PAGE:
Plenty of passengers are feeling the squeeze, as “densification” of aircraft seating cuts costs per traveller and boosts profits. But the skies are also more congested. In the past five years, the number of passengers in the European skies has increased by 30 per cent – with year-on-year growth at 9 per cent in the first six months of 2017, according to Airports Council International Europe.
I’ve digested all the figures from ACI Europe, the body that represents the continent’s airports, so that you don’t have to. Trust me, these are the best bits.
The star performer: Keflavik airport in Iceland, which saw 40 per cent more passengers between January and June this year compared with 2016. The departures board looks as impressive as a “standard size” European airport. Six flights are scheduled to depart at 10.30am on Thursday, for example – to Boston, New York, Seattle, Toronto and Washington DC on Icelandair, and to Copenhagen on SAS. And this is for a city of 120,000 people and a nation of one-third of a million.
Later in the day, some entrants in the “routes you never thought you would see” category include Reykjavik to Pittsburgh and to Lyon on Wow Air.
Cynics might see this amount of aeronautical activity as a bubble waiting to burst, but proponents say it is simply a reflection of Iceland’s appeal and geographical advantage – perfectly poised between Europe and North America.
The next best performing nation is Russia, where the three leading airports are seeing passenger growth at a remarkable rate. St Petersburg is up 26 per cent, while the two key Moscow gateways are also soaring. Sheremetyevo, the hub for Aeroflot, has seen an 18 per cent rise. And Domodedovo, which British Airways shares with its Russian partner, S7, is up 10 per cent.
Partly that is due to recovery following a slump in the Russian market; in 2015, the Transaero airline failed, and in the same year easyJet axed its London Gatwick-Moscow Domodedovo route.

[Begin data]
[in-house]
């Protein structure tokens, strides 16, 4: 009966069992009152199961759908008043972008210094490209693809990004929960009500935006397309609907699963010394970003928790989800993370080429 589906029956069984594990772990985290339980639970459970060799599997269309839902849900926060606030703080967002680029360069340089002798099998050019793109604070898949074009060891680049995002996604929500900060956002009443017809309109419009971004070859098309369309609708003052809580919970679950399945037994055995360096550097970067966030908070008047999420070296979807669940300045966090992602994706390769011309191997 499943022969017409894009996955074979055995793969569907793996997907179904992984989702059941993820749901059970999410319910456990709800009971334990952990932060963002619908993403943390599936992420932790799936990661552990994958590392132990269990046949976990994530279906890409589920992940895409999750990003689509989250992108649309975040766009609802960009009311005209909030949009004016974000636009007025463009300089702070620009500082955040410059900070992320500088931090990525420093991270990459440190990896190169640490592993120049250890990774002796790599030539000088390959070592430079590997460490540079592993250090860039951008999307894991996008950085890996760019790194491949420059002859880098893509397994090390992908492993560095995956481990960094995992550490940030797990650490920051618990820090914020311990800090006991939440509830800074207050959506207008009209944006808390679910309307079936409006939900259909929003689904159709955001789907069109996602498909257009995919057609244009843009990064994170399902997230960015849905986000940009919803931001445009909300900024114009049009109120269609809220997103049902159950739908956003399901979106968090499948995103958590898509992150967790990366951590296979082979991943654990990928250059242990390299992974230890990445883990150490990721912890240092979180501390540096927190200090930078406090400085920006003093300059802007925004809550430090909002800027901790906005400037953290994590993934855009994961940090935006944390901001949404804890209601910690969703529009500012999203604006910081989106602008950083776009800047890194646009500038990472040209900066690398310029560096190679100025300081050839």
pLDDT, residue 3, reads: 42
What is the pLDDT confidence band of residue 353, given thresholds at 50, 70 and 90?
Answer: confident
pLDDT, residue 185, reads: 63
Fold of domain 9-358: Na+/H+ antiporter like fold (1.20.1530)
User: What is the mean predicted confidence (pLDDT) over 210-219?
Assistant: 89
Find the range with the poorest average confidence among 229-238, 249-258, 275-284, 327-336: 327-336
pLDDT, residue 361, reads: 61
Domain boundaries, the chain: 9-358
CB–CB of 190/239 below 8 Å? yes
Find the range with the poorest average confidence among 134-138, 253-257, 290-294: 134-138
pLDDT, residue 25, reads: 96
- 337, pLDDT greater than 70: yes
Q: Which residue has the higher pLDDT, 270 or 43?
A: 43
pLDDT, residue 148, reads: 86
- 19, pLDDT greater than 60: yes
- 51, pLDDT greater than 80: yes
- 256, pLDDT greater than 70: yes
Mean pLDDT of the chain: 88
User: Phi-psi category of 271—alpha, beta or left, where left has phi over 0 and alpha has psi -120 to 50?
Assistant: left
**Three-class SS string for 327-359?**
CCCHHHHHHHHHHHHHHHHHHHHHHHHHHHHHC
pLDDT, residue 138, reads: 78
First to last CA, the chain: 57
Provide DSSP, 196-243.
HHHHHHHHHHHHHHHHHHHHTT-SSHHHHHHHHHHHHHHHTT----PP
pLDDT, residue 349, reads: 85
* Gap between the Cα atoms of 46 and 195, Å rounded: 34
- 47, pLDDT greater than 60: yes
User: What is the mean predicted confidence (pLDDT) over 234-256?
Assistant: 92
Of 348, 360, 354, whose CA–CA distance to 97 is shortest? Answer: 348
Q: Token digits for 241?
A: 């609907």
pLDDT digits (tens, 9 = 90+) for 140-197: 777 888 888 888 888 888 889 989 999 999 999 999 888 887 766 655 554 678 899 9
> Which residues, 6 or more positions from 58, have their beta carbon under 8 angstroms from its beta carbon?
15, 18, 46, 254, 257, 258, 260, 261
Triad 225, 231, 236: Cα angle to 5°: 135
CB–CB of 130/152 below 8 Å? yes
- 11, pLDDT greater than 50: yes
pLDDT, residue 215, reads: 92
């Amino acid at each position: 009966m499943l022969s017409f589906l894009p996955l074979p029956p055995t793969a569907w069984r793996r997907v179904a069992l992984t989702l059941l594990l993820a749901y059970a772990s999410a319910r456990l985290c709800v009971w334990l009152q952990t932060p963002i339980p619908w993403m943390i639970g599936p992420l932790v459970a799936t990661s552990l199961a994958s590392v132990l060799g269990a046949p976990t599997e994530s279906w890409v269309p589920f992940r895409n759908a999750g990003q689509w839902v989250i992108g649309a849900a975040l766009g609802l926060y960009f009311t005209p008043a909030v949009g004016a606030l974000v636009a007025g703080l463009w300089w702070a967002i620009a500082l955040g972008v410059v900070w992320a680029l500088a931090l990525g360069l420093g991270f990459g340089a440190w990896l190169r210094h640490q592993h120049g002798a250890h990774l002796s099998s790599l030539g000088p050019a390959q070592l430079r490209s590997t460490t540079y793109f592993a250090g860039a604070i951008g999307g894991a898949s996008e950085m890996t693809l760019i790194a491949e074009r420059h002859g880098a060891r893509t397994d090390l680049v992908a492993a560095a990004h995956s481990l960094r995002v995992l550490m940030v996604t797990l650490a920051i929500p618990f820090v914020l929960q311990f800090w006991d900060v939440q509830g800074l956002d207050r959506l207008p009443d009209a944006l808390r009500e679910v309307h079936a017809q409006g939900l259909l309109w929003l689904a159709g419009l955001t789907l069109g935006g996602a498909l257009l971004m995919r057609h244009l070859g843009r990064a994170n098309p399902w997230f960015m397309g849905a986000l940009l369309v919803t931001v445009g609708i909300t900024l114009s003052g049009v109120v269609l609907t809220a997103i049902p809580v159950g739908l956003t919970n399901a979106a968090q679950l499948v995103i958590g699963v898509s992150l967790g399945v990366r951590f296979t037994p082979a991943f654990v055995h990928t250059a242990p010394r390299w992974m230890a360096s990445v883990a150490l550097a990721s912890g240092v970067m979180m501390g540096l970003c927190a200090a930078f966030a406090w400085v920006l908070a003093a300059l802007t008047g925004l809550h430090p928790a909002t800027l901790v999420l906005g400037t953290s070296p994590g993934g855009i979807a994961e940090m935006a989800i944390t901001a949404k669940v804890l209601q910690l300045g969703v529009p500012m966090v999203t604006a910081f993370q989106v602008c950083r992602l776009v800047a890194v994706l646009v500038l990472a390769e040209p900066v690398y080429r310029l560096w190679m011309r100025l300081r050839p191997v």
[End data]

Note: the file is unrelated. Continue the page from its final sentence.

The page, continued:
Resurgence is also behind two of the other strong performances: Brussels, which had a dreadful 2016 with the terrorist attack in March; and Antalya in Turkey, where passenger numbers are slowly returning after the slump in tourism to the troubled nation.
When such issues are stripped away, and you look at “real” growth, two airports stand out: Manchester (up 13 per cent) and Gatwick (9 per cent higher). And both of them have made remarkable achievements.
Manchester is now firmly in the top 20 European airports, yet it shares none of the main characteristics of the other 19. It doesn’t serve a capital (London, Paris, Rome etc.), it’s not a hub (Amsterdam, Frankfurt, Istanbul etc.) and it’s not a key inbound destination (Barcelona, Palma). All the more remarkable, then, that it has grown to be a more significant airport than Stockholm, Vienna and Lisbon.
Gatwick handled as many passengers in July (4.7 million) as airports such as Belgrade, Pisa and even Newcastle handle in a year. With an average of 150,000 people in or out each day in July, the Sussex airport is extracting an absurd amount of capacity from its single runway. How much more can be squeezed out – and what are the consequences in terms of resilience, or lack of it? I shall be watching.
Meanwhile, if you like your airports quiet, allow me to direct you to Taranto on the heel of Italy. In June, just 16 commercial passengers passed through. Gatwick gets through that many people in 10 seconds.